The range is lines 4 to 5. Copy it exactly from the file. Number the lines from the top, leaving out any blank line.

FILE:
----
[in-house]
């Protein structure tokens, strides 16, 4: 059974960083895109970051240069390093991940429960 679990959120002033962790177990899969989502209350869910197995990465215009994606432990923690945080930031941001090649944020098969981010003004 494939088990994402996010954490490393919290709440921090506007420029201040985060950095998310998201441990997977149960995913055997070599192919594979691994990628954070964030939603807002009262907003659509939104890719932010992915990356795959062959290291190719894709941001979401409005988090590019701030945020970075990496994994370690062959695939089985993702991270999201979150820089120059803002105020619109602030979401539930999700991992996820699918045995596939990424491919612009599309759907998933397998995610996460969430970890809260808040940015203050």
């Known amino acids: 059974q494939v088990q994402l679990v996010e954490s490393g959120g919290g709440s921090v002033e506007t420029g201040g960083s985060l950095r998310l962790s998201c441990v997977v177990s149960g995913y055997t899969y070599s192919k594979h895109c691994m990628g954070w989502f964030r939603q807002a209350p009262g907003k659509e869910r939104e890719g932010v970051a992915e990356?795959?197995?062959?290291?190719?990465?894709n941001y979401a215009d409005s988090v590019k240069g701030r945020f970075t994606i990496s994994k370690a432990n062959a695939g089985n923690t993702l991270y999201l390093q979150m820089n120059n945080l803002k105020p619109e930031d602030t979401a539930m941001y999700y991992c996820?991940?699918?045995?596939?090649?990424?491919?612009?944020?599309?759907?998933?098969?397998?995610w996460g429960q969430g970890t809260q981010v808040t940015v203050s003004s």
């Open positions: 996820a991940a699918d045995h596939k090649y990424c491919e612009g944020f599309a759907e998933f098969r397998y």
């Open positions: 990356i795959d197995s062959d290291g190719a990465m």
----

């Open positions: 996820a991940a699918d045995h596939k090649y990424c491919e612009g944020f599309a759907e998933f098969r397998y």
């Open positions: 990356i795959d197995s062959d290291g190719a990465m």